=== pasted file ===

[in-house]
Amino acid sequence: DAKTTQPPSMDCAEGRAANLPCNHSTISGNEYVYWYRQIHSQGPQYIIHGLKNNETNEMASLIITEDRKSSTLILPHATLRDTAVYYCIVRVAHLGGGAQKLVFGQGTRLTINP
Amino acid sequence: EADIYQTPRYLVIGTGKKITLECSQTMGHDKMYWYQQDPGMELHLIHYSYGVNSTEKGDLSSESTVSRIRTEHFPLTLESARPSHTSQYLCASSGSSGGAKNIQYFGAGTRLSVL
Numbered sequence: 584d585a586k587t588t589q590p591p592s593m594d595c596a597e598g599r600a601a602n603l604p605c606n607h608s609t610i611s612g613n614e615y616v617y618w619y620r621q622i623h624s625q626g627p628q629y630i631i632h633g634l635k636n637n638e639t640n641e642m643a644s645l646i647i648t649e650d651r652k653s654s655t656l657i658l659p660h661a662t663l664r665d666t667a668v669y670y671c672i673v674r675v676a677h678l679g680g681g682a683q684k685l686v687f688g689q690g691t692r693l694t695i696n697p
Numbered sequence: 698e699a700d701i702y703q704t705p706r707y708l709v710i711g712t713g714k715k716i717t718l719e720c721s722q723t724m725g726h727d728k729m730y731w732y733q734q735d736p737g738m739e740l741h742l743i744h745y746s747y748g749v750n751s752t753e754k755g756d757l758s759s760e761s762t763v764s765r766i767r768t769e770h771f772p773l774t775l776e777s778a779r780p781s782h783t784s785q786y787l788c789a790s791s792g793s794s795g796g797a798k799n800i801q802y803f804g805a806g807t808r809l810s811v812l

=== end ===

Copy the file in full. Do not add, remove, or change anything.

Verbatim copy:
[in-house]
Amino acid sequence: DAKTTQPPSMDCAEGRAANLPCNHSTISGNEYVYWYRQIHSQGPQYIIHGLKNNETNEMASLIITEDRKSSTLILPHATLRDTAVYYCIVRVAHLGGGAQKLVFGQGTRLTINP
Amino acid sequence: EADIYQTPRYLVIGTGKKITLECSQTMGHDKMYWYQQDPGMELHLIHYSYGVNSTEKGDLSSESTVSRIRTEHFPLTLESARPSHTSQYLCASSGSSGGAKNIQYFGAGTRLSVL
Numbered sequence: 584d585a586k587t588t589q590p591p592s593m594d595c596a597e598g599r600a601a602n603l604p605c606n607h608s609t610i611s612g613n614e615y616v617y618w619y620r621q622i623h624s625q626g627p628q629y630i631i632h633g634l635k636n637n638e639t640n641e642m643a644s645l646i647i648t649e650d651r652k653s654s655t656l657i658l659p660h661a662t663l664r665d666t667a668v669y670y671c672i673v674r675v676a677h678l679g680g681g682a683q684k685l686v687f688g689q690g691t692r693l694t695i696n697p
Numbered sequence: 698e699a700d701i702y703q704t705p706r707y708l709v710i711g712t713g714k715k716i717t718l719e720c721s722q723t724m725g726h727d728k729m730y731w732y733q734q735d736p737g738m739e740l741h742l743i744h745y746s747y748g749v750n751s752t753e754k755g756d757l758s759s760e761s762t763v764s765r766i767r768t769e770h771f772p773l774t775l776e777s778a779r780p781s782h783t784s785q786y787l788c789a790s791s792g793s794s795g796g797a798k799n800i801q802y803f804g805a806g807t808r809l810s811v812l